Broadcom signs $19bn CA Technologies deal

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Broadcom has revealed a multi-billion dollar deal to buy enterprise software experts CA Technologies.

The acquisition of the US firm will set Broadcom back $18.9 billion, and sees Broadcom establish a foothold in the enterprise software market for the first time.

The acquisition of CA Technologies is an unusual choice for Broadcom, which has traditionally focused on building computing hardware, particularly semiconductors, for smartphones, PCs and industrial machines.

However company CEO Hock Tan said that the deal, "represents an important building block as we create one of the world's leading infrastructure technology companies." 

Broadcom CA Technologies deal

Last year, Broadcom completed the $5.5bn takeover of networking firm Brocade, giving it an in to the mainframe market which should be strengthened by today's news.

"With its sizeable installed base of customers, CA is uniquely positioned across the growing and fragmented infrastructure software market, and its mainframe and enterprise software franchises will add to our portfolio of mission critical technology businesses," Tan added. "We intend to continue to strengthen these franchises to meet the growing demand for infrastructure software solutions."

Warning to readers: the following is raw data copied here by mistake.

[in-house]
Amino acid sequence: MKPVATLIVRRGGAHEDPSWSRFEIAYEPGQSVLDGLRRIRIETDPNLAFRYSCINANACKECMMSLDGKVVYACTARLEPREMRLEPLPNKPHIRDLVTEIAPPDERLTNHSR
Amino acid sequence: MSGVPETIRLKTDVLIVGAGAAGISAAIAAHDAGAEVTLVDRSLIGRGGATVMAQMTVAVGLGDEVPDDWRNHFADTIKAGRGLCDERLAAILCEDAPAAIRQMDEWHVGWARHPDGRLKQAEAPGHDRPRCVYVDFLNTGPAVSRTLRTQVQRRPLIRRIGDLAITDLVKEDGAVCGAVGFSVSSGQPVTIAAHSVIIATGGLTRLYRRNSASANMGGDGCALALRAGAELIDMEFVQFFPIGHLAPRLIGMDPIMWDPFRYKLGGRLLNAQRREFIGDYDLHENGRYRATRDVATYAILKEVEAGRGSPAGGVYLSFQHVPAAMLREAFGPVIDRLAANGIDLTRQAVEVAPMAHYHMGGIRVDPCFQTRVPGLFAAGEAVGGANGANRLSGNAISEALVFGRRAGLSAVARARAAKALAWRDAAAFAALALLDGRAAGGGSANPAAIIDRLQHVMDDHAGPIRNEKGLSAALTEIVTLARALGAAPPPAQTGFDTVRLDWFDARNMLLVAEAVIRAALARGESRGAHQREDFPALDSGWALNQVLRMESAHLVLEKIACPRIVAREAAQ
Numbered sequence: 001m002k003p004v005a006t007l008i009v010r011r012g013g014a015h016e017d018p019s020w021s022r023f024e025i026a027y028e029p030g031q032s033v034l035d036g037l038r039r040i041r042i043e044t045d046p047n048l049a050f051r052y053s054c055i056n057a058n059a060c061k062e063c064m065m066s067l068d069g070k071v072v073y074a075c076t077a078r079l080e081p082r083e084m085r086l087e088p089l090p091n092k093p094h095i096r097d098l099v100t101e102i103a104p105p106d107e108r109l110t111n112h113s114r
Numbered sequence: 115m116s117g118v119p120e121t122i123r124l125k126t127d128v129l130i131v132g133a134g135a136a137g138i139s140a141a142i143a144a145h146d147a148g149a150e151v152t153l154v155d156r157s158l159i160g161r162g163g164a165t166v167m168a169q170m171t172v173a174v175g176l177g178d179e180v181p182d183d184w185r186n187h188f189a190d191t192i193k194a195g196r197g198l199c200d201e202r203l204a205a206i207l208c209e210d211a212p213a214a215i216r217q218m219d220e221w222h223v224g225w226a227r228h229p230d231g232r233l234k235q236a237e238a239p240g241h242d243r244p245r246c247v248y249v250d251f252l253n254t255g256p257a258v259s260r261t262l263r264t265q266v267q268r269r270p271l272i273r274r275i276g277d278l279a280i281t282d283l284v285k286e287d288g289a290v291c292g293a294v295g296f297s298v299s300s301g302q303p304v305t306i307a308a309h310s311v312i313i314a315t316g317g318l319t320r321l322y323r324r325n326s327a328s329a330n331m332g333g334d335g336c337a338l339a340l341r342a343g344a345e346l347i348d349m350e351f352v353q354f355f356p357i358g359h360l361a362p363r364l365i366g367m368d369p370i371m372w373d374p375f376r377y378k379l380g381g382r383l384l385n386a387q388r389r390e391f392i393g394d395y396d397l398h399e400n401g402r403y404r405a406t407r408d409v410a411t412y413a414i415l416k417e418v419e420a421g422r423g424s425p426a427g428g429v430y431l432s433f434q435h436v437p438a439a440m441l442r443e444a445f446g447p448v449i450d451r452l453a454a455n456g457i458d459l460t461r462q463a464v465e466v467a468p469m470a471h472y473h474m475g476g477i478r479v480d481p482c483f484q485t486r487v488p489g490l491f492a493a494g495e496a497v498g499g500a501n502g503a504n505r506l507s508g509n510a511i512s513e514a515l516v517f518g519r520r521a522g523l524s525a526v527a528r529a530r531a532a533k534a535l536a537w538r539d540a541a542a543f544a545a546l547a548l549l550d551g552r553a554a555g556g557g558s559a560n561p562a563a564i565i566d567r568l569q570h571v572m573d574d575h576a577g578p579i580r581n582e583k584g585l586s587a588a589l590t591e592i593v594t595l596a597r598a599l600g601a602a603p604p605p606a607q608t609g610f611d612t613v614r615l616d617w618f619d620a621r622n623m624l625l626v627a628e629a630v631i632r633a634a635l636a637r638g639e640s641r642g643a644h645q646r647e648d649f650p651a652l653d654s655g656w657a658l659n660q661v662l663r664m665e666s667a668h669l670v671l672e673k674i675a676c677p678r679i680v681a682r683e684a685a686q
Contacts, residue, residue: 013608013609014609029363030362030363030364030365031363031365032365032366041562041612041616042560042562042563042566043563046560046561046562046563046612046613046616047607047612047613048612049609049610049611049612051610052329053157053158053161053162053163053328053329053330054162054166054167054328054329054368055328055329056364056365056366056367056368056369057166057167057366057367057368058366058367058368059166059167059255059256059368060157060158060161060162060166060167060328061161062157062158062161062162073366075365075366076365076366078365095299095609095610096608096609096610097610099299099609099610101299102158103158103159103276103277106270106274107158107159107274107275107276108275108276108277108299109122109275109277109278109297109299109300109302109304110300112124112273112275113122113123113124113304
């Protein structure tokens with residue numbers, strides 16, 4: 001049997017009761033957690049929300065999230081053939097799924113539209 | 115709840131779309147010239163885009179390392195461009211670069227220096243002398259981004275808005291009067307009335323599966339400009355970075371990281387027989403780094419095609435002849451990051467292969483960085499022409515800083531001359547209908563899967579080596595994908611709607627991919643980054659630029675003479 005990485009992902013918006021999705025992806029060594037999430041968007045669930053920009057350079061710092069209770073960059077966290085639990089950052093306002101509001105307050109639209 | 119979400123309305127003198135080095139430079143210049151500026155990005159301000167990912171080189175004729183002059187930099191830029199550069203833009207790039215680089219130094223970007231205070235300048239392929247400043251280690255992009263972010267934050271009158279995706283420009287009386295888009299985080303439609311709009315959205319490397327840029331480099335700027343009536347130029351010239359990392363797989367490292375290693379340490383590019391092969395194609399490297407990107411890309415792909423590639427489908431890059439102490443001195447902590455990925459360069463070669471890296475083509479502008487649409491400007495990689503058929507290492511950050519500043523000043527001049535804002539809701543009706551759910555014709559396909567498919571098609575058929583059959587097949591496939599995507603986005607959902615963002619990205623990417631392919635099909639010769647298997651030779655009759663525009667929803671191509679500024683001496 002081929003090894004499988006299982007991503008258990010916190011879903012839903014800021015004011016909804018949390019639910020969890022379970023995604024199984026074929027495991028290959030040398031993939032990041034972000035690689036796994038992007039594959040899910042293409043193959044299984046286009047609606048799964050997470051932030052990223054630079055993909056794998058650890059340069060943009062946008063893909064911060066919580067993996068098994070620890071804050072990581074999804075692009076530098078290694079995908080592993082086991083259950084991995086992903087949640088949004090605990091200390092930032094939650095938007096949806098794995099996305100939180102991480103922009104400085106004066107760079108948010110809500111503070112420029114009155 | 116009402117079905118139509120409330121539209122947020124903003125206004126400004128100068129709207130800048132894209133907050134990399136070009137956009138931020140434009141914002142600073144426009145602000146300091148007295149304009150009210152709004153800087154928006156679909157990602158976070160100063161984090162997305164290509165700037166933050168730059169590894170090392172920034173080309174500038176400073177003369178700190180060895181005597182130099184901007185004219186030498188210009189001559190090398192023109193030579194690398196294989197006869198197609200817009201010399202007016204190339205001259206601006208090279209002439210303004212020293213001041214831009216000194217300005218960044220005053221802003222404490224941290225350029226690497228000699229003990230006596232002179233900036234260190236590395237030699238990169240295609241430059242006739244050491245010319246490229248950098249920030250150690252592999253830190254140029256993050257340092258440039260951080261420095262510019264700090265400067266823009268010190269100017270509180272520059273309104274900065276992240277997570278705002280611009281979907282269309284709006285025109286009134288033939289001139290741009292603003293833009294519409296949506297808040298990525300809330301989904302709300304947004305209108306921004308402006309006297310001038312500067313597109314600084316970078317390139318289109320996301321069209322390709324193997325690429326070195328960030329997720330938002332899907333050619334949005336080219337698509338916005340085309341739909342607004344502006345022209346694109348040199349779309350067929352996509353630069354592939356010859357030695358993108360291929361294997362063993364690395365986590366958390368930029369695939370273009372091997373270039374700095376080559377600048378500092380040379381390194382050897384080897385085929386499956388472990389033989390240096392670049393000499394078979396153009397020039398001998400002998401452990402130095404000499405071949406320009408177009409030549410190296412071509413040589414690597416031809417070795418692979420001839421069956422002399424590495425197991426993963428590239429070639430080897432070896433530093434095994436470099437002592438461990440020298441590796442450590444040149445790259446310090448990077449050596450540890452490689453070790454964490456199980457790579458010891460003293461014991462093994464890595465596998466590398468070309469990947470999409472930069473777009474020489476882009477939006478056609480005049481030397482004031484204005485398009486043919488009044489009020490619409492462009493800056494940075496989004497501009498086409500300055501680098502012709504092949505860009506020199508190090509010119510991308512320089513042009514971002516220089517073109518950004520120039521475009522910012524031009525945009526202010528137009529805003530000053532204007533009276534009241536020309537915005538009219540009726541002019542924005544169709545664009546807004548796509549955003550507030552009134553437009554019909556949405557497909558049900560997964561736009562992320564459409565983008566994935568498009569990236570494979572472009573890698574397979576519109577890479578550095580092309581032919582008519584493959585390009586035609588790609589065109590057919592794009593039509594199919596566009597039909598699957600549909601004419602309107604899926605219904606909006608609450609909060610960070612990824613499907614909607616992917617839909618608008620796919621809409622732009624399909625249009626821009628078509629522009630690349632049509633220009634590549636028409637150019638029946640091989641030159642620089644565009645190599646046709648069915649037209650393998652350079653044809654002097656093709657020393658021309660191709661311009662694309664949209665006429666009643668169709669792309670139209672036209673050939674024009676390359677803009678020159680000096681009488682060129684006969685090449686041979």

"We are excited to have reached this definitive agreement with Broadcom," said Mike Gregoire, CA Technologies CEO. 

"This combination aligns our expertise in software with Broadcom's leadership in the semiconductor industry. The benefits of this agreement extend to our shareholders who will receive a significant and immediate premium for their shares, as well as our employees who will join an organization that shares our values of innovation, collaboration and engineering excellence. We look forward to completing the transaction and ensuring a smooth transition."

The deal, which is set to close by the end of the year, comes shortly after Broadcom's attempt to buy fellow chipmaker Qualcomm earlier this year.

The audacious $117bn hostile takeover effort fell foul of the Trump administration, which stopped the sale on the grounds of national security.

Following the decision, Broadcom moved its headquarters to the US in a bid to pacify lawmakers.

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